Swellboy on… luxury factory visits

How to get your Louis Vuitton luggage to smile

I have been toiling in the salt mines of luxury – well, all right then, writing about those who toil in the salt mines of the luxury – for almost a quarter of a century, but there are still some things that I have yet to cross off my bucket list.

Earlier this year, for instance, I managed to visit the Breguet factory – the glittering diadem in the Swatch Group’s crown jewels. I was never on particularly good terms with Nicolas G Hayek, the cigar-chomping patriarch of Swatch who departed this life last year and whose role in saving the Swiss watch industry from itself and from foreign competition cannot be underestimated. Alas some misunderstanding, in which I was probably at fault, prevented me from enjoying cordial relations – a pity really as smoking cigars and looking at watches are two of my favourite pastimes. But I seem to get along better with his grandson, Marc, who, as well as being a keen cigar smoker, has a deep love of Swiss watchmaking culture – at least his grandfather was a wise man and he showed great wisdom in handing Breguet over to his grandson.

I was blown away by the skills and the machinery on offer here. Take the guilloche machines. Guilloche is a type of engraving where the tool (which looks like a prop from a Jules Verne novel) stands still and the engraved surface moves. The equipment has not changed much in a couple of centuries, so those few guillocheurs who still work in Switzerland use machinery that tends to date from the late 18th to the early 20th century. But at Breguet they had new ones built – which is a bit like using F1 technology to make a better version of the horse and carriage; somewhat eccentric, but utterly brilliant.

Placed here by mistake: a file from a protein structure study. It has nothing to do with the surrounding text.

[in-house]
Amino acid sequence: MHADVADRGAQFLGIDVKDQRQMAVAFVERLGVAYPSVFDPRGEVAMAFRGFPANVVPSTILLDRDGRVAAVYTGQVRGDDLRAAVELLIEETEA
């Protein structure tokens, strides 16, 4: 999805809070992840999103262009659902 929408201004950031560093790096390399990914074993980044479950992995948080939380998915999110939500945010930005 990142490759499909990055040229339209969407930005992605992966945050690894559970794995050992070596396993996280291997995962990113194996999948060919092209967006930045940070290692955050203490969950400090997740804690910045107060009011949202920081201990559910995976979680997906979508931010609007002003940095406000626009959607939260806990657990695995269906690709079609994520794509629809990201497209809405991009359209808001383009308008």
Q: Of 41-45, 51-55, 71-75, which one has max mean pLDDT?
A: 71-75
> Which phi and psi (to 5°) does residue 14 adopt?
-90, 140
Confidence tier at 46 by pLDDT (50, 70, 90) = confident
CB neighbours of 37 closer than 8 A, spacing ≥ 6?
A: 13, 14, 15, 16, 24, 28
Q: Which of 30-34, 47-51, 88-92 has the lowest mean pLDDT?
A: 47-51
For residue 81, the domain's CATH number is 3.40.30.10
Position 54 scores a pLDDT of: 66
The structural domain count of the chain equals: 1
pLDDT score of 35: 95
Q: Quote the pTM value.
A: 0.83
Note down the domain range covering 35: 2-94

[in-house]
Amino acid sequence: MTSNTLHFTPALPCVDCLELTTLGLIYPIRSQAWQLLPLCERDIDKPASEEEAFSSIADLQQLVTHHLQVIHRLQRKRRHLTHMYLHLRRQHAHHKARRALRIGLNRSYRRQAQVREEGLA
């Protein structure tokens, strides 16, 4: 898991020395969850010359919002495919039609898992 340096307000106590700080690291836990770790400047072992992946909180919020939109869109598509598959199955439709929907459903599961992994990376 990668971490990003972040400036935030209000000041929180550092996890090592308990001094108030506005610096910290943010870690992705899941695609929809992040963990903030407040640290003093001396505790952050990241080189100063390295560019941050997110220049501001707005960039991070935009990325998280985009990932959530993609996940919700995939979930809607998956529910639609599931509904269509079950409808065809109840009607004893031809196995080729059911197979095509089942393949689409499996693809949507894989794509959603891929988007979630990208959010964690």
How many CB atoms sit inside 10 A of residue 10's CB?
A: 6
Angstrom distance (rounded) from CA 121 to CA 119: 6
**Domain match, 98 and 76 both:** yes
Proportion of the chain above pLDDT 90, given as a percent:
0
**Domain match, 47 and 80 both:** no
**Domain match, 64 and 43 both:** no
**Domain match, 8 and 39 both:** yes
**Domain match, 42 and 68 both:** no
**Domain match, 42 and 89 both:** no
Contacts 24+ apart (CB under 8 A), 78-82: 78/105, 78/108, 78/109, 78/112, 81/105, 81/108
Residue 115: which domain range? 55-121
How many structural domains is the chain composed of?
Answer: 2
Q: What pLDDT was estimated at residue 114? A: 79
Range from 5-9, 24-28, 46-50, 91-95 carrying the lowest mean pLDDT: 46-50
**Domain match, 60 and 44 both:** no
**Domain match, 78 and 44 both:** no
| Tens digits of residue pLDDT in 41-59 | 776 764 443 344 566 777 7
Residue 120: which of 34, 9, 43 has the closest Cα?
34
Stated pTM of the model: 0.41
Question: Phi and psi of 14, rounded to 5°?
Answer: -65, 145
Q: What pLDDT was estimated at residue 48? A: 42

My other recently realised ambition and “I-don’t-know-how-they-do-it-for-the-money” moment came when I visited the historic Louis Vuitton factory in the sylvan suburb of Asnières, a sort of Parisian Richmond, where old LV set up his workshops in the 19th century. Today it is run by Patrick Louis Vuitton, great-great grandson of the founder.


Now I know that overall LV is a machine run by the incomparable Yves Carcelle, a man in whose honour – as I have often said – Bernard Arnault ought to raise a statue on every street corner in Paris; but, in the parallel inner universe of Asnières where there is always cake for tea in the exceptional art nouveau billiard room, I found another Louis Vuitton; a Louis Vuitton that is a world away from the shiny universe of contemporary art happenings, bag bars and “sleb” endorsement.

Instead what I found was a charming island of calm craftsmanship, presided over by a pipe-smoking man who is as human and authentic as the public face of Vuitton is airbrushed and glossy. Now, don’t get me wrong – I like airbrushed and glossy as much as the next man, but I also like a good bit of brown overall action, and there is plenty of that at Asnières, where everyone has their own overalls with their name and the year in which they started at Vuitton embroidered on the pockets.

Anyway, it was a lovely afternoon during which I sat in rapt attention to his stories about his grandmother, who died aged 104 in early 1960s and used to regale him with tales of the Paris Commune and the Impressionist painters who used to come out to Asnières when it was a patch of countryside on the banks of the Seine. I find it exciting to meet someone for whom these historic events were the stuff of family experience shared in conversation around the dinner table, and I find it even more enjoyable when history collides with luxury, as it does in the genial shape of Patrick Louis Vuitton who, as well as being able to talk of the Siege of Paris and the rise of the Impressionists as if they were family events, also told me that, having done his apprenticeship at Asnières, he could make any piece of luggage that LV has ever come up with.

It is a privilege to meet such characters and it is always interesting to ask what, among the things that their company makes, they choose to wear themselves. For instance, Philippe Stern of Patek Philippe favours the Ref 3940. For Patrick, his taste is for luggage made entirely of vache végétale naturelle, or VVN as you will know it if you are an LV junkie. For the rest of us, this is the pale leather used as handle straps on the monogrammed pieces and, while at Asnières, I learnt the correct way to break in your new VVN: it is to leave it near the window for a week without touching it (a big ask, as the young people say) while it begins to get hint of a sun tan. And if the handle happens to leave a shadow, don’t worry – this is called a smile line and is the mark prized by true connoisseurs.


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